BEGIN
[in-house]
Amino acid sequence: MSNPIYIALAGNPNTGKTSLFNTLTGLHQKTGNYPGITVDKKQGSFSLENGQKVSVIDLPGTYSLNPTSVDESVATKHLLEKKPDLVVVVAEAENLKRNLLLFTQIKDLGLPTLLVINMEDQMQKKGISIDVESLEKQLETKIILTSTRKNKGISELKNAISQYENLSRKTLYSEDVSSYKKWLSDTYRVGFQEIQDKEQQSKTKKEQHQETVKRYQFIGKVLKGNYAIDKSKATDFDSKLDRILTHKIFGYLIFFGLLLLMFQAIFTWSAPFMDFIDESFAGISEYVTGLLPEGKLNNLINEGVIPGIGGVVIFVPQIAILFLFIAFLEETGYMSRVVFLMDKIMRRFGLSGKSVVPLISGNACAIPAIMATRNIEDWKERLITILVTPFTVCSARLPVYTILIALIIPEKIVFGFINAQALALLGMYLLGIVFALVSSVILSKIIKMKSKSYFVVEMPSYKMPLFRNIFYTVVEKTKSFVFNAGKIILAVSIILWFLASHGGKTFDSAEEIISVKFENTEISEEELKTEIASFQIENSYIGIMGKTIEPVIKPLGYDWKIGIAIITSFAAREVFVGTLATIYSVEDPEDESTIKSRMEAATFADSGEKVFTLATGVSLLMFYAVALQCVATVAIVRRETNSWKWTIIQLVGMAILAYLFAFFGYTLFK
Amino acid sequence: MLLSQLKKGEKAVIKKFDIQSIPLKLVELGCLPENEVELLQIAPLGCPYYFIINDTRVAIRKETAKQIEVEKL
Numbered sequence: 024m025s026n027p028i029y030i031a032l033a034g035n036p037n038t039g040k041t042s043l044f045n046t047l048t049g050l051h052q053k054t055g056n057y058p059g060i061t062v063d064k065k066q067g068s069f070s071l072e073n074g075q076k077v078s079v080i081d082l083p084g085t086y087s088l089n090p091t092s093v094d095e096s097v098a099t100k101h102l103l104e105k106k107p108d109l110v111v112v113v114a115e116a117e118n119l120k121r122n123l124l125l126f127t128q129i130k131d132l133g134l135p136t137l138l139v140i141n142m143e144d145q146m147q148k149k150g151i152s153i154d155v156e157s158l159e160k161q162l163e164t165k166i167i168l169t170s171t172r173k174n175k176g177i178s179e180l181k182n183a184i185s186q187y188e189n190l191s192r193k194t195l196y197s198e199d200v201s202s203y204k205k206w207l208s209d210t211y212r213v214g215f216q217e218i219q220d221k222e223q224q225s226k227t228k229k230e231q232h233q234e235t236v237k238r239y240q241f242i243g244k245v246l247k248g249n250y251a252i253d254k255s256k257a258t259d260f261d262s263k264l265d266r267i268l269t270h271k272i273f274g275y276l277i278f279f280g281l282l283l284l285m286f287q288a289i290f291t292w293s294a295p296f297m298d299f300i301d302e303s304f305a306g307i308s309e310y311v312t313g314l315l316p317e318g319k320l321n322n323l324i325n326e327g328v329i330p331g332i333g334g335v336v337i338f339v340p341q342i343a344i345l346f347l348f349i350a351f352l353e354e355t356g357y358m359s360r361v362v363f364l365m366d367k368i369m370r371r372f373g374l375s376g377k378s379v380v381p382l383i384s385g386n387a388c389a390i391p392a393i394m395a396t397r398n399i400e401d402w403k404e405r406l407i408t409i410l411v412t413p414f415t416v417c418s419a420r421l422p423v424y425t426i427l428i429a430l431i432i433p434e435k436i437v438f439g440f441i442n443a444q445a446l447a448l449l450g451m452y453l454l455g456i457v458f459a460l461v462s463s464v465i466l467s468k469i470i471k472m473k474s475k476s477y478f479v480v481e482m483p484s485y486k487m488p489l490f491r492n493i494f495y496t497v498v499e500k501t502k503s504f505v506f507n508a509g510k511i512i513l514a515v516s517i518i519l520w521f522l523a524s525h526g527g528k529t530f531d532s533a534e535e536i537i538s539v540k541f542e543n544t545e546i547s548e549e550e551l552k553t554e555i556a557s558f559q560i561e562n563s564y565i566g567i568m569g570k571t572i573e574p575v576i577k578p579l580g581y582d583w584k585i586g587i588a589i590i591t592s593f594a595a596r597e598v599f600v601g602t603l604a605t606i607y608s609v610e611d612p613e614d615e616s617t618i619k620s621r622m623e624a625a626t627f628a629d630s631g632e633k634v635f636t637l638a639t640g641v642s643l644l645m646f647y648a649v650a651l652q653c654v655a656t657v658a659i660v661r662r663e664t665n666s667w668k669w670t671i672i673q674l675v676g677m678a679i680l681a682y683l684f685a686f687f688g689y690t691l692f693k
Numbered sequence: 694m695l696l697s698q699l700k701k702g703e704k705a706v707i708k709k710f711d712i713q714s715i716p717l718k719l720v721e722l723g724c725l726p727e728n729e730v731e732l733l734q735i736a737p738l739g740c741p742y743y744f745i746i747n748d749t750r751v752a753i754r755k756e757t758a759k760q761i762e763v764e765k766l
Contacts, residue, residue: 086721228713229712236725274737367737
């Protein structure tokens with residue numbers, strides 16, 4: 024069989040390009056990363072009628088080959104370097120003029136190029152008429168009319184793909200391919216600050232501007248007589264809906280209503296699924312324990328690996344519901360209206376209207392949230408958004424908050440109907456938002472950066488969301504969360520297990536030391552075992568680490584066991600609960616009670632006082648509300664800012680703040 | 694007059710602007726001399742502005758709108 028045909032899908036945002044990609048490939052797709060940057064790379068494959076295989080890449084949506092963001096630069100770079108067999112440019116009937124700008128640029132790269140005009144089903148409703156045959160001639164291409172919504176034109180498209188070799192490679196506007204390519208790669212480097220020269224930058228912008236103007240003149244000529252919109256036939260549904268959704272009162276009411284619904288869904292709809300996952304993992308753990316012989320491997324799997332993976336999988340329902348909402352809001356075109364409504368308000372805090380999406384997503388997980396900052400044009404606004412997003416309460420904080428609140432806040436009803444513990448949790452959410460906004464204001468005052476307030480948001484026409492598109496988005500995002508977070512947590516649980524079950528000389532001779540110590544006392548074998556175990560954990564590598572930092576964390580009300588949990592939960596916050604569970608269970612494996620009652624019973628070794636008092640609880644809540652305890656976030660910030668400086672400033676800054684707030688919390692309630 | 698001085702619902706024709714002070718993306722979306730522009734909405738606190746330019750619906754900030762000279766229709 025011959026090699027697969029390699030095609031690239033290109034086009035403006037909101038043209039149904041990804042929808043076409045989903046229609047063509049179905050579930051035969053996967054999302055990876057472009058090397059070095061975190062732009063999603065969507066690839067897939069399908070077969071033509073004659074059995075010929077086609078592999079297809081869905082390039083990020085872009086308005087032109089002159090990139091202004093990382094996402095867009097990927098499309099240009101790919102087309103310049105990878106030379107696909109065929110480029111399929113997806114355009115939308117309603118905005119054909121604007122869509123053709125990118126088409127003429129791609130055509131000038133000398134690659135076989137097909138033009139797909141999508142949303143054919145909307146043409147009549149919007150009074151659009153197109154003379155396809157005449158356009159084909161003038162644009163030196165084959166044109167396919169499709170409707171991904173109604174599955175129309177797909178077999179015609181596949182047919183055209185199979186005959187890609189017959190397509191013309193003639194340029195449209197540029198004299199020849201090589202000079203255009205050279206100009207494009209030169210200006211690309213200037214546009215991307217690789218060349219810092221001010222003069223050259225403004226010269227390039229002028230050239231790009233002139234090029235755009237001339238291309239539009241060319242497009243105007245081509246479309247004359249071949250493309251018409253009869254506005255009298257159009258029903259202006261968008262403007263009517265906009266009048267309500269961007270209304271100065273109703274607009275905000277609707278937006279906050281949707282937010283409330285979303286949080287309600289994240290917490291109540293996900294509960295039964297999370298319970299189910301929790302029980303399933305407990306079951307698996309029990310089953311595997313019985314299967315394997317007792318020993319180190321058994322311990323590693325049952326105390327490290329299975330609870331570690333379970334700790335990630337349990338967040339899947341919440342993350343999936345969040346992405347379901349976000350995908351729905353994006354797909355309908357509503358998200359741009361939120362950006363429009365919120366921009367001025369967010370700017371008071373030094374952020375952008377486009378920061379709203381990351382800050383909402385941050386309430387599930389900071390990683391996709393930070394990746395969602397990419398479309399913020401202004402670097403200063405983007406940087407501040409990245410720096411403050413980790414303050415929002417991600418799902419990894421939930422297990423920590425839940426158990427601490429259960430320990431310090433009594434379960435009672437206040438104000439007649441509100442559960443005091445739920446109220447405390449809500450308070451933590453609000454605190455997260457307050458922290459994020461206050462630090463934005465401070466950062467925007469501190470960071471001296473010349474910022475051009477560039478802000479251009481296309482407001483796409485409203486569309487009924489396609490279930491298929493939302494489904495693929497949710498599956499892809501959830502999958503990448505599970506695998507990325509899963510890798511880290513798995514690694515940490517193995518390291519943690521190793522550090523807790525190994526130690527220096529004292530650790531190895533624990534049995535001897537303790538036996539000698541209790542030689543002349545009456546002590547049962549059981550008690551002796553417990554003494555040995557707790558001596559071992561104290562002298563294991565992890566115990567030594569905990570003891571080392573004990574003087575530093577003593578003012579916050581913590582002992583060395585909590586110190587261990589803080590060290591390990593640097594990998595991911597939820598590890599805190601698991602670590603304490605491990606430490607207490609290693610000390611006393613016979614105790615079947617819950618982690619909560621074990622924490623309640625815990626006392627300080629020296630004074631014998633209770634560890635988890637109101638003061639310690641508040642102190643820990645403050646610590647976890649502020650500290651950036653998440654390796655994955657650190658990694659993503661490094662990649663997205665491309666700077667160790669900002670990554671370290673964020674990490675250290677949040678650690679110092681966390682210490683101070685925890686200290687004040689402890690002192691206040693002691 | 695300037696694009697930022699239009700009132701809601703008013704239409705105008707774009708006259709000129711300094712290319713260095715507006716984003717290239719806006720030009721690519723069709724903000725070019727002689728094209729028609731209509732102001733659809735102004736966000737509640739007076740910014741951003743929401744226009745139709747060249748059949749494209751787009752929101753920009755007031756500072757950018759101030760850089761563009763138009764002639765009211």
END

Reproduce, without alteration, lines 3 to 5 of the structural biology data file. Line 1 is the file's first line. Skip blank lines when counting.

Amino acid sequence: MLLSQLKKGEKAVIKKFDIQSIPLKLVELGCLPENEVELLQIAPLGCPYYFIINDTRVAIRKETAKQIEVEKL
Numbered sequence: 024m025s026n027p028i029y030i031a032l033a034g035n036p037n038t039g040k041t042s043l044f045n046t047l048t049g050l051h052q053k054t055g056n057y058p059g060i061t062v063d064k065k066q067g068s069f070s071l072e073n074g075q076k077v078s079v080i081d082l083p084g085t086y087s088l089n090p091t092s093v094d095e096s097v098a099t100k101h102l103l104e105k106k107p108d109l110v111v112v113v114a115e116a117e118n119l120k121r122n123l124l125l126f127t128q129i130k131d132l133g134l135p136t137l138l139v140i141n142m143e144d145q146m147q148k149k150g151i152s153i154d155v156e157s158l159e160k161q162l163e164t165k166i167i168l169t170s171t172r173k174n175k176g177i178s179e180l181k182n183a184i185s186q187y188e189n190l191s192r193k194t195l196y197s198e199d200v201s202s203y204k205k206w207l208s209d210t211y212r213v214g215f216q217e218i219q220d221k222e223q224q225s226k227t228k229k230e231q232h233q234e235t236v237k238r239y240q241f242i243g244k245v246l247k248g249n250y251a252i253d254k255s256k257a258t259d260f261d262s263k264l265d266r267i268l269t270h271k272i273f274g275y276l277i278f279f280g281l282l283l284l285m286f287q288a289i290f291t292w293s294a295p296f297m298d299f300i301d302e303s304f305a306g307i308s309e310y311v312t313g314l315l316p317e318g319k320l321n322n323l324i325n326e327g328v329i330p331g332i333g334g335v336v337i338f339v340p341q342i343a344i345l346f347l348f349i350a351f352l353e354e355t356g357y358m359s360r361v362v363f364l365m366d367k368i369m370r371r372f373g374l375s376g377k378s379v380v381p382l383i384s385g386n387a388c389a390i391p392a393i394m395a396t397r398n399i400e401d402w403k404e405r406l407i408t409i410l411v412t413p414f415t416v417c418s419a420r421l422p423v424y425t426i427l428i429a430l431i432i433p434e435k436i437v438f439g440f441i442n443a444q445a446l447a448l449l450g451m452y453l454l455g456i457v458f459a460l461v462s463s464v465i466l467s468k469i470i471k472m473k474s475k476s477y478f479v480v481e482m483p484s485y486k487m488p489l490f491r492n493i494f495y496t497v498v499e500k501t502k503s504f505v506f507n508a509g510k511i512i513l514a515v516s517i518i519l520w521f522l523a524s525h526g527g528k529t530f531d532s533a534e535e536i537i538s539v540k541f542e543n544t545e546i547s548e549e550e551l552k553t554e555i556a557s558f559q560i561e562n563s564y565i566g567i568m569g570k571t572i573e574p575v576i577k578p579l580g581y582d583w584k585i586g587i588a589i590i591t592s593f594a595a596r597e598v599f600v601g602t603l604a605t606i607y608s609v610e611d612p613e614d615e616s617t618i619k620s621r622m623e624a625a626t627f628a629d630s631g632e633k634v635f636t637l638a639t640g641v642s643l644l645m646f647y648a649v650a651l652q653c654v655a656t657v658a659i660v661r662r663e664t665n666s667w668k669w670t671i672i673q674l675v676g677m678a679i680l681a682y683l684f685a686f687f688g689y690t691l692f693k
Numbered sequence: 694m695l696l697s698q699l700k701k702g703e704k705a706v707i708k709k710f711d712i713q714s715i716p717l718k719l720v721e722l723g724c725l726p727e728n729e730v731e732l733l734q735i736a737p738l739g740c741p742y743y744f745i746i747n748d749t750r751v752a753i754r755k756e757t758a759k760q761i762e763v764e765k766l